US files criminal charges against crypto tycoon Bankman-Fried
US prosecutors slapped disgraced cryptocurrency tycoon Sam Bankman-Fried with multiple criminal charges on Tuesday for massive fraud as he built his FTX crypto empire.
The founder of the FTX platform, who was arrested in the Bahamas Monday at the request of the United States, is facing a raft of accusations, including from US market regulators who say that the investor knowingly built a fraudulent house of cards.
The criminal charges, made by federal prosecutors in New York, pose the greatest legal peril for Bankman-Fried who risks a long jail sentence given the billions of dollars amounts involved.
In their indictment, US prosecutors said Bankman Fried also carried out money laundering, violated campaign finance laws and committed wire fraud from the very start of his company in 2019.
The charge comes a day after Bankman-Fried was arrested in the Bahamas on the eve of his scheduled appearance at a US congressional hearing in which he was to testify under oath about the crypto exchange's overnight demise.
The US Securities and Exchange Commission said the onetime crypto wunderkind was "responsible for fraudulently raising billions of dollars from investors in FTX and misusing funds belonging to FTX's trading customers."
The legal hammer fell after 30-year-old defied legal advice and made multiple media appearances offering his version of his company's sudden failure, usually by video link from the Bahamas, where his company is headquartered.
According to a press release from the attorney general's office in the Bahamas, Bankman-Fried was to be held in custody before an expected request for his extradition by the United States and a hearing was expected in Nassau on his legal fate.
Bankman-Fried had embodied the apparent emergence of cryptocurrency as an above-board investment rather than a frowned-upon get-rich-quick scheme.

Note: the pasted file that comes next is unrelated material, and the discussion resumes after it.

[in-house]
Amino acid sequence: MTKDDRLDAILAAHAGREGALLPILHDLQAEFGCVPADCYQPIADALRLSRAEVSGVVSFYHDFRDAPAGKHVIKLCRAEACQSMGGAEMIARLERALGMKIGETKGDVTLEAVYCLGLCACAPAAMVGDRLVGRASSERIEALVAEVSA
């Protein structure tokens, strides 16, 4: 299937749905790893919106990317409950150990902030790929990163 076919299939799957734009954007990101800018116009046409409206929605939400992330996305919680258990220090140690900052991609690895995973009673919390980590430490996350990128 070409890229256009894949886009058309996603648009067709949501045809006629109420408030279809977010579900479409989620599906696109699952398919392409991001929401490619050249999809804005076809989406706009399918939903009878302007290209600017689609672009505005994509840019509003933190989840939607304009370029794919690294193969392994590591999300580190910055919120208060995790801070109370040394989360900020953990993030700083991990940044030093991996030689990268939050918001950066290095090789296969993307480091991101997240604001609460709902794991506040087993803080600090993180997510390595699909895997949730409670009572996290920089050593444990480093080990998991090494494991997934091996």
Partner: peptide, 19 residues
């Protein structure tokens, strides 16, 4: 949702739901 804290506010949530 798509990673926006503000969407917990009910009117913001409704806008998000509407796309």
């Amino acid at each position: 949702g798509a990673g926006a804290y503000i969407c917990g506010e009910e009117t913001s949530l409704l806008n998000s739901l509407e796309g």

His FTX platform was plugged by celebrities in advertising campaigns and he became a regular presence in Washington, where he donated tens of millions of dollars in political contributions.
But after reaching a valuation of $32 billion, FTX's implosion was swift following a November 2 report on ties between FTX and Alameda, a trading company also controlled by Bankman-Fried.
The report exposed that Alameda's balance sheet was heavily built on the FTT currency—a token created by FTX with no independent value.
'Life in prison'?
The price of FTT plunged in early November, roiling both Alameda and FTX, where Alameda had large trading positions.
Reeling from customer withdrawals and short some $8 billion, FTX and around 100 related entities filed for bankruptcy protection on November 11, inviting scrutiny from regulators, prosecutors and furious clients.
"If convicted he could be facing the rest of his life in prison, given the dollar amount of the fraud," Jacob S. Frenkel, a former federal criminal prosecutor at Dickinson Wright, told AFP.
"We would not see an indictment if prosecutors were not absolutely convinced that they will win a conviction."
In his media interviews, Bankman-Fried has admitted to mistakes, but has denied intent to defraud his customers.
FTX CEO John Ray, who came to the company after the debacle, was to tell Congress on Tuesday that the problems arose because control was "in the hands of a very small group of grossly inexperienced and unsophisticated individuals."
"Never in my career have I seen such an utter failure of corporate controls at every level of an organization, from the lack of financial statements to a complete failure of any internal controls or governance whatsoever," Ray said in prepared remarks.
The fall of FTX has caused major doubts about the long term viability of cryptocurrency and heaped stress on other platforms and entities that rode the success of Bitcoin and other currencies.
© 2022 AFP